Skateboarding and surfing will always be inextricably linked. But in the mid-1970s, the four-wheeled toy cut the birth-mother cord to go its own way. That’s when Long Beach–born James O’Mahoney — now the curator of the Santa Barbara Surfing Museum — made his mark as one of the sport’s earliest promoters, just as equipment breakthroughs and the choreography of balanced aggression grew by leaps and bounds. He organized record-setting events, published Skateboard magazine, and created a cutting-edge team of the best young men and women of the day, including the now-legendary Tom Sims and future world champ Edie Robertson, both with deep Santa Barbara roots.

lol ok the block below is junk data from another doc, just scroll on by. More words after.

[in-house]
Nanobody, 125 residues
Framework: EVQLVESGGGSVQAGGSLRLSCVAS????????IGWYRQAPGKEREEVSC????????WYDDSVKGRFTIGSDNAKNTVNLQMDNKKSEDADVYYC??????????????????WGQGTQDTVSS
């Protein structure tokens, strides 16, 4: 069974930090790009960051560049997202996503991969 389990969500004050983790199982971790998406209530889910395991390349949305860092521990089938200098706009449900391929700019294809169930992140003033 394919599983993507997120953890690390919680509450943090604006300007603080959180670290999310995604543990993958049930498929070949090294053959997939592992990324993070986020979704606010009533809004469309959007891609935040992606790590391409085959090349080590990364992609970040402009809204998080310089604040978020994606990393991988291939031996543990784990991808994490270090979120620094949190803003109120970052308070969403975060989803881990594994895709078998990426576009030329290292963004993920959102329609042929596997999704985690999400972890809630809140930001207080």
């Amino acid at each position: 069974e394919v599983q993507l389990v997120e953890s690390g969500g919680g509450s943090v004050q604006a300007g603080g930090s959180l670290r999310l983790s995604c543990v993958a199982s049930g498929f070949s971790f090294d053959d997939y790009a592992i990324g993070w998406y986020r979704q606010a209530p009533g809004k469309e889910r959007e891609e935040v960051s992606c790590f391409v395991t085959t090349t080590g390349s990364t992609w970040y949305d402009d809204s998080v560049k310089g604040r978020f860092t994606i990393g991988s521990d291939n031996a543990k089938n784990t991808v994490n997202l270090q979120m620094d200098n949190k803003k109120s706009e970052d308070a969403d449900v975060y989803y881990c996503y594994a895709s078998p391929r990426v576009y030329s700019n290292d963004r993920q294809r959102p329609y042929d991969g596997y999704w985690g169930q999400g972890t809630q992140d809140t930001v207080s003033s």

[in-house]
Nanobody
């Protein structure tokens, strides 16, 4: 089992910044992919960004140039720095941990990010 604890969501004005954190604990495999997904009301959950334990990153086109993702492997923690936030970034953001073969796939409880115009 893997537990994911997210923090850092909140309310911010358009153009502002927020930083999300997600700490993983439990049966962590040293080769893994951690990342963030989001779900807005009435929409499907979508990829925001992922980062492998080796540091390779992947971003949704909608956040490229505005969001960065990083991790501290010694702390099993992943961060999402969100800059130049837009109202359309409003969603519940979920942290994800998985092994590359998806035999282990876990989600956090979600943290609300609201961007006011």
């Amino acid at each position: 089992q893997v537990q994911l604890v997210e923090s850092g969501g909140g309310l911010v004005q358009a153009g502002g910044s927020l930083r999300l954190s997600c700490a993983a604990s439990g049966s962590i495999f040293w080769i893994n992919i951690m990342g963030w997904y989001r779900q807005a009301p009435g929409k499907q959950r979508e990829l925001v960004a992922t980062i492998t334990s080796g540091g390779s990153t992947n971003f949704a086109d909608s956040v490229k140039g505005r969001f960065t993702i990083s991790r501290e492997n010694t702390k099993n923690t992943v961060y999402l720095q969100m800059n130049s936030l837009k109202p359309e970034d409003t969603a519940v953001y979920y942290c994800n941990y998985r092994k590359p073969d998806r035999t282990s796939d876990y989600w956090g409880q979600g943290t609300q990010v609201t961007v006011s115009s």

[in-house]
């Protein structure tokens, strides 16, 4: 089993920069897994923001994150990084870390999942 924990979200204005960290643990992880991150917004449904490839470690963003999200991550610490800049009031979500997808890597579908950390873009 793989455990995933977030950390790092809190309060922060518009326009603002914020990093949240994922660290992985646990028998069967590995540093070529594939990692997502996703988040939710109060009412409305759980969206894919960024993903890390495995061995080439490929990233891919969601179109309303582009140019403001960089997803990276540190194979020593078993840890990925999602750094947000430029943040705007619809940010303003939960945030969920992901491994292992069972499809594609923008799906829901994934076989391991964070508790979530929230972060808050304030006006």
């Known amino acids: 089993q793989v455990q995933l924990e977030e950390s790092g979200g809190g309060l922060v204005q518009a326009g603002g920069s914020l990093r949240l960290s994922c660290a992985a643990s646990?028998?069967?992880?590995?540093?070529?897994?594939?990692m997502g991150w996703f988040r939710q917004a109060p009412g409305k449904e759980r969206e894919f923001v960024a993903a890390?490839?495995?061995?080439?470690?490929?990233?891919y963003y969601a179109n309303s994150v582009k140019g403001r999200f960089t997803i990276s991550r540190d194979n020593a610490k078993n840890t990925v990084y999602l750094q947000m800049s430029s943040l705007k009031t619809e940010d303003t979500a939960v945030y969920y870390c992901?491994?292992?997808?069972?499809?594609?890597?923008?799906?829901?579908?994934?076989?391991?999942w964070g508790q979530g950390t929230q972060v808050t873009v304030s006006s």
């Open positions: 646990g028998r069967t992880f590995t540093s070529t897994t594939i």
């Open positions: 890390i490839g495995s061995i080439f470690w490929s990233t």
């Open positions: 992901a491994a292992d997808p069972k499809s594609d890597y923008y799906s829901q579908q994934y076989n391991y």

For those savvy endeavors and others — which rarely unfolded without grand flashes of O’Mahoney’s own fearless confidence on a swiftly rolling board without brakes — the 70-year-old surfer/skater took the stage recently to receive the Icon Award from the Skateboarding Hall of Fame. “I didn’t realize the box that I was opening, but I tried to promote the sport in a professional and fair way,” he said during his acceptance speech. “It was new, we were innocent, and it was really a lot of fun.”
By Paul Wellman